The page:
I think each movie is its own beast. Even in the smaller range, comparing 'Damsels In Distress,' which is a very small movie, to other small movies, that's totally different than, like, a 'Baghead' experience even though they're both tiny movies. I think the biggest difference, I find, is that there's more oversight in studio movies and more people looking over your shoulder and more voices to account for. There are people who need to be heard, because they run these businesses and they're putting up the money for it and they're the ones who stand to lose a lot. It's just being aware of those voices more. Whereas with 'Damsels,' we really just got totally free range – Whit [Stillman] got free range. He had a small budget and we went and made it and I don't remember seeing anyone on set telling us to do anything differently or looking at costumes or looking dailies or worried about that. I like both. I think a great producer is an amazing thing to have and can really push a film in a great direction. It's not that oversight is inherently bad. It can be great, but I think the difference with studio movies is built in and you don't get to choose that.

    You mentioned that this film is a genre-buster, that it plays against what's expected. Is that what has to happen now for films to feel fresh and engaging, because audiences are so hip to the way that genres play by certain rules?

    It's hard, because I'm not sure. I think about this a lot, actually. I think that in some ways when you watch a lot of films there is, because of genres, you know how they end. That doesn't necessarily reduce the pleasure of watching them.

    Sometimes it increases it, right?

    Yeah, and I don't think with the comedies of the '50's or Ernst Lubitsch or Preston Sturges that the people in the audience really didn't think that they weren't going to get together at the end. I think that they knew that those characters were going to get together. The pleasure was in watching how it happened, getting those actors together and how charming they were or how it was going to work out. In 'Bringing Up Baby' or something like that, you always knew that they were going to be together. So the pleasure becomes about something else, but I do think that there's something to subverting a genre right now that people are really getting a kick out of. I think it goes both ways. I love things like this. Why I loved this piece was that I loved how much it subverted the genre – but that being said, I love a well-executed genre movie. I think that's why people love, like, 'True Grit.' That's just a Western movie – and it's a remake of a Western – but it's great.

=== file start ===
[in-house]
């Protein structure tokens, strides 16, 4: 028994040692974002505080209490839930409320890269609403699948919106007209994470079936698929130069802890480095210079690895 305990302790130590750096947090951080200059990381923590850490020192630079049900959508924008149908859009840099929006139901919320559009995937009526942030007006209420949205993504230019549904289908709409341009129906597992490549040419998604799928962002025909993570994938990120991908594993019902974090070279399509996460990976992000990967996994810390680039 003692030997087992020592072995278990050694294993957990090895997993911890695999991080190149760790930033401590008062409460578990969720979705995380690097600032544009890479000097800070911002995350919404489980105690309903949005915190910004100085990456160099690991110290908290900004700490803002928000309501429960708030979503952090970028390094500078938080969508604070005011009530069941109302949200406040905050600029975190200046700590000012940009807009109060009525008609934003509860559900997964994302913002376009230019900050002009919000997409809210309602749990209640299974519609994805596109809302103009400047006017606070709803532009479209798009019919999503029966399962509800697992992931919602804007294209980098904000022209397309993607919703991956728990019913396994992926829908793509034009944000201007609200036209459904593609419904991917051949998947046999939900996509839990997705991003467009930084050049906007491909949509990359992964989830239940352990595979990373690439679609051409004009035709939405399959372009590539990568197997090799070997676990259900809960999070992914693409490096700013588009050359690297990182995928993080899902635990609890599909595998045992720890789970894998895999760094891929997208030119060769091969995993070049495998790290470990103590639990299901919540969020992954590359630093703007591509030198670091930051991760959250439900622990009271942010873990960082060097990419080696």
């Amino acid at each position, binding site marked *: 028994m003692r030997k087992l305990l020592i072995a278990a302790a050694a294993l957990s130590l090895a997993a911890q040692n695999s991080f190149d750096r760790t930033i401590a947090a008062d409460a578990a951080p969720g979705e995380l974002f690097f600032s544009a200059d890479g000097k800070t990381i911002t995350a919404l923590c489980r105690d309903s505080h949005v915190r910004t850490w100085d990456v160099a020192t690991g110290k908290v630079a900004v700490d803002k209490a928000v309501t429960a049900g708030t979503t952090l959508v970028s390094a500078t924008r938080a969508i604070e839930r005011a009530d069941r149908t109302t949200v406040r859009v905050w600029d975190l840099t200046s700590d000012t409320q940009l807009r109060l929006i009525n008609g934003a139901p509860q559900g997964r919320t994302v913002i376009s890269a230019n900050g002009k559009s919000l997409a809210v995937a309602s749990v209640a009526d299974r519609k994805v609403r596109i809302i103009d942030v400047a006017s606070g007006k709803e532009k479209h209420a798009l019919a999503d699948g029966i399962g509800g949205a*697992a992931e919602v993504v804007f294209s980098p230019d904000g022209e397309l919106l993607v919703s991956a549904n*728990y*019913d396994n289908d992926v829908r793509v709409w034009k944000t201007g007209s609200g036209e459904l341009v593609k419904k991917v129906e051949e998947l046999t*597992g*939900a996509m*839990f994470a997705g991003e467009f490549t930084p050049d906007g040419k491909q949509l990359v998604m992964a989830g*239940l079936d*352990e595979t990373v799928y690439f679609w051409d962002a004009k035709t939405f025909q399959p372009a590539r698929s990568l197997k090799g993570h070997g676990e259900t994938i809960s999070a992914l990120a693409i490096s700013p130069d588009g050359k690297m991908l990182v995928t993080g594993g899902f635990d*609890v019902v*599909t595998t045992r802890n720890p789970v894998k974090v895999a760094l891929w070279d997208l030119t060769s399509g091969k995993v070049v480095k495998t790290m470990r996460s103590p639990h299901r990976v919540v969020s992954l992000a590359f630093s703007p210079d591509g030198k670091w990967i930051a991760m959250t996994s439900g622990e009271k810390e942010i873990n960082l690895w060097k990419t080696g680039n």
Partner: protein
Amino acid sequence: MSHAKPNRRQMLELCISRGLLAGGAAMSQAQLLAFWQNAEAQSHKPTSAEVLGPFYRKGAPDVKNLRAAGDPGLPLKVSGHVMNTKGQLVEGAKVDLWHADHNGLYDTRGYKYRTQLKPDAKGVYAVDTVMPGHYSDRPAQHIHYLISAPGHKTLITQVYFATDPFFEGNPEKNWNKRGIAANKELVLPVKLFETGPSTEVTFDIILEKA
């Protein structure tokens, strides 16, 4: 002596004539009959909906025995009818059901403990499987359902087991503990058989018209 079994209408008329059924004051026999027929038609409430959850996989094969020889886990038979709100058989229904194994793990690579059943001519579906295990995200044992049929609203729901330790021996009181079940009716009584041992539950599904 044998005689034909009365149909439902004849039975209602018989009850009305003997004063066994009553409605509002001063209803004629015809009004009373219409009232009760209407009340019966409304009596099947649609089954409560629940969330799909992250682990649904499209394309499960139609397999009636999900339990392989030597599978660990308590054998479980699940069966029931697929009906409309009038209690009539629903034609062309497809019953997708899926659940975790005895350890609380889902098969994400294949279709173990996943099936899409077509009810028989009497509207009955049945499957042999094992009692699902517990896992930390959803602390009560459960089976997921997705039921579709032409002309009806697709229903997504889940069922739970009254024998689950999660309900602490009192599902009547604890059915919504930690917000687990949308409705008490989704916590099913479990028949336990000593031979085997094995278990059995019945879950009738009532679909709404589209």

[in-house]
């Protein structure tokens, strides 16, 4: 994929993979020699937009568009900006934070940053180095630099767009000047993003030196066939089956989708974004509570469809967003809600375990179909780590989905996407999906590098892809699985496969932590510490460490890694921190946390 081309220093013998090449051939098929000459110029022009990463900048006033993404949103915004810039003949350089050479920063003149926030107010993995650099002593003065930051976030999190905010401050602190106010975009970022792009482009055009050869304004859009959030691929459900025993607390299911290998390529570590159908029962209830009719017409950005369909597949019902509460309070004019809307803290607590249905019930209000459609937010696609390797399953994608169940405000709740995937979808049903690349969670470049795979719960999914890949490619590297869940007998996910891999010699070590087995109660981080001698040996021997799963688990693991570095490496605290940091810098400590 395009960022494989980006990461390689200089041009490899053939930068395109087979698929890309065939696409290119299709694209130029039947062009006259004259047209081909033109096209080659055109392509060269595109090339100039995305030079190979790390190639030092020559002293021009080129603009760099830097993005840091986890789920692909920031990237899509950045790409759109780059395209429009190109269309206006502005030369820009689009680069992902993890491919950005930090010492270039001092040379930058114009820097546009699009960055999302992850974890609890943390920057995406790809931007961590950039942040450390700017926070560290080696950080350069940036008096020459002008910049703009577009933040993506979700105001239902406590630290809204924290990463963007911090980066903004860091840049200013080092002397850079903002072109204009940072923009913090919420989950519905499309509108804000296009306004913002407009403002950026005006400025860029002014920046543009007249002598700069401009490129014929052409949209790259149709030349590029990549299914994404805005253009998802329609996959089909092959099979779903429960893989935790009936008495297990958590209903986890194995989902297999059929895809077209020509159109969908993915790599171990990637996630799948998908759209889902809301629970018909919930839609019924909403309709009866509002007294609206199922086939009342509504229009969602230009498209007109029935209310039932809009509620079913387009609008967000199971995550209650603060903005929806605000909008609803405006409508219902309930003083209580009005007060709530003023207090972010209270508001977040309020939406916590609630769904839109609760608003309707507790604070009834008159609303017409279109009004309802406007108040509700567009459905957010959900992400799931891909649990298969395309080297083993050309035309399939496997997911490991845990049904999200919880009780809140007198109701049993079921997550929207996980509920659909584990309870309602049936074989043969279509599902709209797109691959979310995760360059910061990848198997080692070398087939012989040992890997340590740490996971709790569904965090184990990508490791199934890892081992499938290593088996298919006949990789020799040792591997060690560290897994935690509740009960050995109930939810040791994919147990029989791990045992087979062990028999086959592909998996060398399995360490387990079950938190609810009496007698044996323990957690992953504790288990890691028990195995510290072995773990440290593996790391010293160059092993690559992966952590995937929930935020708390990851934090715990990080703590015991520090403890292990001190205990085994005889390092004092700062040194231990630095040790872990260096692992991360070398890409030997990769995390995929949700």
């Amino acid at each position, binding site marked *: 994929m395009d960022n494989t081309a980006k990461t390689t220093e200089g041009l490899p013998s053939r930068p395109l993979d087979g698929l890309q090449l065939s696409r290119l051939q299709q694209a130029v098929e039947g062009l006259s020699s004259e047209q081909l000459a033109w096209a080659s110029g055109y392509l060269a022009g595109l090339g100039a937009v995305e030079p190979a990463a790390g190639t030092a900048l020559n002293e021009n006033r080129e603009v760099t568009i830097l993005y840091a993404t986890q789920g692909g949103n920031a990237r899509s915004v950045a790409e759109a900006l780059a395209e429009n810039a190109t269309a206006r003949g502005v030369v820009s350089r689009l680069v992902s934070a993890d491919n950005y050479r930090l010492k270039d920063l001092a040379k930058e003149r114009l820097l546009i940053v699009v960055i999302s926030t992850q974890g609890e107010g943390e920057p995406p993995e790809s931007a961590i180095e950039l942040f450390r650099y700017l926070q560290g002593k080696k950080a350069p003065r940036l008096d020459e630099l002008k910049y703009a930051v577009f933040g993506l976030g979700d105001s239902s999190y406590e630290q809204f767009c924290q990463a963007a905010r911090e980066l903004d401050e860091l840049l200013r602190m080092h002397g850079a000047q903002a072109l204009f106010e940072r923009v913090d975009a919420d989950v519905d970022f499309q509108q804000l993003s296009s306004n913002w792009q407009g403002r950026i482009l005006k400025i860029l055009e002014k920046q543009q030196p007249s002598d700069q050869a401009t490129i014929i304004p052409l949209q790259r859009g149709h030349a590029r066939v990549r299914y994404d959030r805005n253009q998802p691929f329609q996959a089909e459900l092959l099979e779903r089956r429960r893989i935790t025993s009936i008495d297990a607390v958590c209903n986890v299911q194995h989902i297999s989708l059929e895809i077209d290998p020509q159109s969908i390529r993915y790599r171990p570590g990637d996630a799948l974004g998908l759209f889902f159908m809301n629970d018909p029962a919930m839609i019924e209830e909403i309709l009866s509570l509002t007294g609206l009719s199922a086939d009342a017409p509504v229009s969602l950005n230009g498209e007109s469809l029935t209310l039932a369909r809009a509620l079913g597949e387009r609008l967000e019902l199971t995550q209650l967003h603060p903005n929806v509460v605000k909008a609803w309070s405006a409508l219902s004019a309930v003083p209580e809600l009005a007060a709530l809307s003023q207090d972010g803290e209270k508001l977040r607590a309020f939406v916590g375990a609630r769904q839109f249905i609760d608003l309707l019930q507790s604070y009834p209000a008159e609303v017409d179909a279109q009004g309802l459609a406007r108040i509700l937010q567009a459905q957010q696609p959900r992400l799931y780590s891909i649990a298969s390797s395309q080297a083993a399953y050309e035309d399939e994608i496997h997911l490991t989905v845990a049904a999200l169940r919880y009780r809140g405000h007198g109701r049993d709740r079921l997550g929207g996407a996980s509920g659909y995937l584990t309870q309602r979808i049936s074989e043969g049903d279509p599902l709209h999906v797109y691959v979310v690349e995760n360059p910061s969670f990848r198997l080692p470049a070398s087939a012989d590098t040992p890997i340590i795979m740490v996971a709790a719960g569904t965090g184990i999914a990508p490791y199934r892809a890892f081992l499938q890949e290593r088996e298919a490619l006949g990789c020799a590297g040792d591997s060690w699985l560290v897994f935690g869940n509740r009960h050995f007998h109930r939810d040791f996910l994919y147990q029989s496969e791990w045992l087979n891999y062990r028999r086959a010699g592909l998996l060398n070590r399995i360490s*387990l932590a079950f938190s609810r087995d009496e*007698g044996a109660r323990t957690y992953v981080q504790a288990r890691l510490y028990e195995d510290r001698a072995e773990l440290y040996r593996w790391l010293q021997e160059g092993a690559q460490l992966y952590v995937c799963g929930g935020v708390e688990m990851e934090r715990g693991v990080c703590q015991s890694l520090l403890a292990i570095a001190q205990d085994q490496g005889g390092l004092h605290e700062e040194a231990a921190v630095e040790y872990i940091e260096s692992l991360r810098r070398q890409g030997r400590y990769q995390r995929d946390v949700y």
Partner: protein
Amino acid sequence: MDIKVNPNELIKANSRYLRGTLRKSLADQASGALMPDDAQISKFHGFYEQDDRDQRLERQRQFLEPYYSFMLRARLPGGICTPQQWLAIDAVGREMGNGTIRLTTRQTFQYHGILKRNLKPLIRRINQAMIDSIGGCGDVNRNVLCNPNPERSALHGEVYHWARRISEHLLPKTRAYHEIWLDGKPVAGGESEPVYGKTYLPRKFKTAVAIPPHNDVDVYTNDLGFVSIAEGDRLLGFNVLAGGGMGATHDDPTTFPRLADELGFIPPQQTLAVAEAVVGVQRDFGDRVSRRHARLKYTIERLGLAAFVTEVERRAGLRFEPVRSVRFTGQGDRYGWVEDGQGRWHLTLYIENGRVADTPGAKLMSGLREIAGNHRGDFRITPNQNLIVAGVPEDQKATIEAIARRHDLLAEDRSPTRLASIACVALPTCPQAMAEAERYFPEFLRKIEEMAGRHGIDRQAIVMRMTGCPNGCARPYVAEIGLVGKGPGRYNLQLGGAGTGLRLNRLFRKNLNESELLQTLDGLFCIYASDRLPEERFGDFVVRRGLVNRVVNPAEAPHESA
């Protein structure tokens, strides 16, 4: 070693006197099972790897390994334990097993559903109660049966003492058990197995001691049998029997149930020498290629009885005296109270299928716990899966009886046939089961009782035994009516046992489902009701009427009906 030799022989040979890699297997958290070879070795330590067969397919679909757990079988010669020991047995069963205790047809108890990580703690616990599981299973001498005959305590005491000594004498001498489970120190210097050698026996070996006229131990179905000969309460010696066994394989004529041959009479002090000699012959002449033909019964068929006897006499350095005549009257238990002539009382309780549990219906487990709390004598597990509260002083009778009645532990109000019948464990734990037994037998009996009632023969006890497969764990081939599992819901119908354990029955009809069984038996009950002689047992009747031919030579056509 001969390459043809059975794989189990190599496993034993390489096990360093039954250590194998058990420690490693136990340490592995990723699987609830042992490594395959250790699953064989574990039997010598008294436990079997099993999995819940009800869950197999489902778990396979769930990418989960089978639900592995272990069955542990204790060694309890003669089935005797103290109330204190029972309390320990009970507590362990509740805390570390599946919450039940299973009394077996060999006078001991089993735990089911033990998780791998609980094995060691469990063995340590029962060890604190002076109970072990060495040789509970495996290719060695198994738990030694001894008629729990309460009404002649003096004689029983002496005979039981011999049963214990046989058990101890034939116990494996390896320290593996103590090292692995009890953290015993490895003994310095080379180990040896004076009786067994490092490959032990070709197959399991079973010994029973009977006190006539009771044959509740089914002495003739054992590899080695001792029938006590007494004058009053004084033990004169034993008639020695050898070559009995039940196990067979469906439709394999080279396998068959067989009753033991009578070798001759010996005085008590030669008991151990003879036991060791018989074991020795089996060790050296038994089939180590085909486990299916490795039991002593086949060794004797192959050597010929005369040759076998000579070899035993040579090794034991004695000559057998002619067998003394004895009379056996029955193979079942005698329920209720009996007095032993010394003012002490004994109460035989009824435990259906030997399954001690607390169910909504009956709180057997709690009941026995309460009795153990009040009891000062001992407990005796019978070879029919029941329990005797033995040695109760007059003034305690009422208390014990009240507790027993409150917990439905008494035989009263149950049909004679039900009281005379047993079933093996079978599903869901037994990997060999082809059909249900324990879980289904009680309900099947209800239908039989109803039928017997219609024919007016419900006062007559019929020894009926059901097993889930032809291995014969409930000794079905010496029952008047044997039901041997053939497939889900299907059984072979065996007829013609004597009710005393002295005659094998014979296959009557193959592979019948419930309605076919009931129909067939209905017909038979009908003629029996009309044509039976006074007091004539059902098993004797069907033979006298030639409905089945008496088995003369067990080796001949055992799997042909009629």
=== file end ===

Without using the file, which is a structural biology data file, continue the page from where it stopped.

And the quirks aren't all that far afield from the John Wayne version.

    Yeah, and I think that people took real pleasure in it, because it was straightforward in a way. I think there's room for that. In some ways I think it's a much harder hat trick to execute something known really well – I think that's a harder cat to skin. I think because of that most of the rom-coms, and stuff like that that you read, are just so saccharine. I think what I object to, more than them being kind of generic, is the fact that the characters are totally one dimensional and not interesting. Especially the women, they tend to be just flat and really liking Gummy Bears, which is not a character trait.

    When you name-check someone like Lubitsch I know you know your cinema history. When you look back at the industry do you feel that you're filling a niche today that someone else filled back then?

    I'm not sure. I think there's often a pretty wide gap between the way that you see yourself and the way that you are. I mean, I think the actors that I admire and look up to and love as actors in a kind of visceral way, they're all manly men. I really love all the Robert De Niro and [Martin] Scorsese stuff. I love 'King of Comedy,' and obviously, 'Raging Bull' and 'Taxi Driver.' I love Gene Hackman. Those guys are my guys. I love them. I think about them and they're the people that I want to emulate as an actor, which sounds strange because I don't think that I'm filling the Robert De Niro gap right now. I don't know why those men, particularly, but those are the ones that I'm drawn to. I have no idea what gap I'm actually filling in movies. I'm much more interested in movies themselves than me in them. That sounds falsely modest, but it's true.

    I'm sure that has to do with a style of movies you're attracted to, that '70's era where men were still leading the movies.

    Yeah. Maybe I need to look for some lady parts like that.